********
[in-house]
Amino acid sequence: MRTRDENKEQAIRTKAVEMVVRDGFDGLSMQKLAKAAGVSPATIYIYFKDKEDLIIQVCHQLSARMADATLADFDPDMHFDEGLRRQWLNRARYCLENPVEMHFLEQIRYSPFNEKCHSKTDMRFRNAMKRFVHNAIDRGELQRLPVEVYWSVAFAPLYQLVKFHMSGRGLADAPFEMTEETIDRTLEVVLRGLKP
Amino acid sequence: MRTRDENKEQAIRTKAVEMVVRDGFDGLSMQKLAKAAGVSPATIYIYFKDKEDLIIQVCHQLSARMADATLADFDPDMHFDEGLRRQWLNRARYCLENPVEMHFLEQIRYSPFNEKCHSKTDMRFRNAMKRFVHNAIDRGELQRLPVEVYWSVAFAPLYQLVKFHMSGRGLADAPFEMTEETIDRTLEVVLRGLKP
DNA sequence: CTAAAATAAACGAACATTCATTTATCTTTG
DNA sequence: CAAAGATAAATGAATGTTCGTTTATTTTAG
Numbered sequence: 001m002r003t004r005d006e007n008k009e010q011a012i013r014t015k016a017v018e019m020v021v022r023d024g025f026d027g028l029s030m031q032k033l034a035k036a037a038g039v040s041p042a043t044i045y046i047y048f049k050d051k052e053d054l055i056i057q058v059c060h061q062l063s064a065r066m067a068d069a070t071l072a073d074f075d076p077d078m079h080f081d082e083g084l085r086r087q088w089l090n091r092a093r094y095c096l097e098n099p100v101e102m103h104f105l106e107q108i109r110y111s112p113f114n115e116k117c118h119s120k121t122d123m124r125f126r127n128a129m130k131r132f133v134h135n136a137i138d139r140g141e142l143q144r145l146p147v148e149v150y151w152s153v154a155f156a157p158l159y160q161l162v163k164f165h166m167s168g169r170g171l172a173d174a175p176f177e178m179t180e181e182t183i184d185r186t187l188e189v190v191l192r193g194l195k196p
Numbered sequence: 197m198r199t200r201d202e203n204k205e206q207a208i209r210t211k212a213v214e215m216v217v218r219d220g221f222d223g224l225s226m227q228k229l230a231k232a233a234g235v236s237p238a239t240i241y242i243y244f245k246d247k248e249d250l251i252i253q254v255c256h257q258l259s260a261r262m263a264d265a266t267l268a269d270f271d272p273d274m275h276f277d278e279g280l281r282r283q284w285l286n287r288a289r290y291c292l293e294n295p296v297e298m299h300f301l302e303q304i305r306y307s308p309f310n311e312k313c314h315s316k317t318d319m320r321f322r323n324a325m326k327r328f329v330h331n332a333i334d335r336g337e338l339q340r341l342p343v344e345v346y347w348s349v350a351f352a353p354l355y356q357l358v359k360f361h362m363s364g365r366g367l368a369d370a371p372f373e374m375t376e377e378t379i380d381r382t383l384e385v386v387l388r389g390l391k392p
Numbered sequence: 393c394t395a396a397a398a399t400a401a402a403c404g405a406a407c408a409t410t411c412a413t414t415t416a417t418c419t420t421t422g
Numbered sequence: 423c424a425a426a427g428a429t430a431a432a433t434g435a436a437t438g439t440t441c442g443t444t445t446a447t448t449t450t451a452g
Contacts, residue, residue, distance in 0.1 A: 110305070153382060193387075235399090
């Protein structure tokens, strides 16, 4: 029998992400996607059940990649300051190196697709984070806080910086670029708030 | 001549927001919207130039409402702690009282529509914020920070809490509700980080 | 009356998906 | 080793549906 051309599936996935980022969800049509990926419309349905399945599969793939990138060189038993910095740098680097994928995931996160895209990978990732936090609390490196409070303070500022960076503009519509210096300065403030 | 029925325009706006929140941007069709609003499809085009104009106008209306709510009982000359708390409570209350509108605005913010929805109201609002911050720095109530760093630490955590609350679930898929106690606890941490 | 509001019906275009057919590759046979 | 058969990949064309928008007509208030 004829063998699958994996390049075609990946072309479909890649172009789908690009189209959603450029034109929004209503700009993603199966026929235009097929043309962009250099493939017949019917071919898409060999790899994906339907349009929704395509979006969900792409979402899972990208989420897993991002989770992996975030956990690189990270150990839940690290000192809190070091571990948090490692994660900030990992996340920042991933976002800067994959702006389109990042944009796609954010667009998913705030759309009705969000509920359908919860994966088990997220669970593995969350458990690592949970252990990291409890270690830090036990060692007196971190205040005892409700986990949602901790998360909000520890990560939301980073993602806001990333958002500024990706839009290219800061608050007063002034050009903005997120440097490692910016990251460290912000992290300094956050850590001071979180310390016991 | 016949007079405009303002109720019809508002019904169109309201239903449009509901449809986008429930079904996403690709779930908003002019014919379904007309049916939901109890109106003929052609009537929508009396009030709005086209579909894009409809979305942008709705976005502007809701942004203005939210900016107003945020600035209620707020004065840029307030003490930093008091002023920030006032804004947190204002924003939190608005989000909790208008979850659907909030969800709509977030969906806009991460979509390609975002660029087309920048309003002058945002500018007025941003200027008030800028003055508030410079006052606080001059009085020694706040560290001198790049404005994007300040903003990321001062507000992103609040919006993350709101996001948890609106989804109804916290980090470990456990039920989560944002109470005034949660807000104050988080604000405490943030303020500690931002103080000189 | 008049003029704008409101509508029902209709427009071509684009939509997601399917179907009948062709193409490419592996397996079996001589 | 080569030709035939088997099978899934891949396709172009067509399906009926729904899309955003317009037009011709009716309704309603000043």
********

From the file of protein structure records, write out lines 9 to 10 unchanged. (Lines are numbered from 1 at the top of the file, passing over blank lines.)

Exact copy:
Numbered sequence: 423c424a425a426a427g428a429t430a431a432a433t434g435a436a437t438g439t440t441c442g443t444t445t446a447t448t449t450t451a452g
Contacts, residue, residue, distance in 0.1 A: 110305070153382060193387075235399090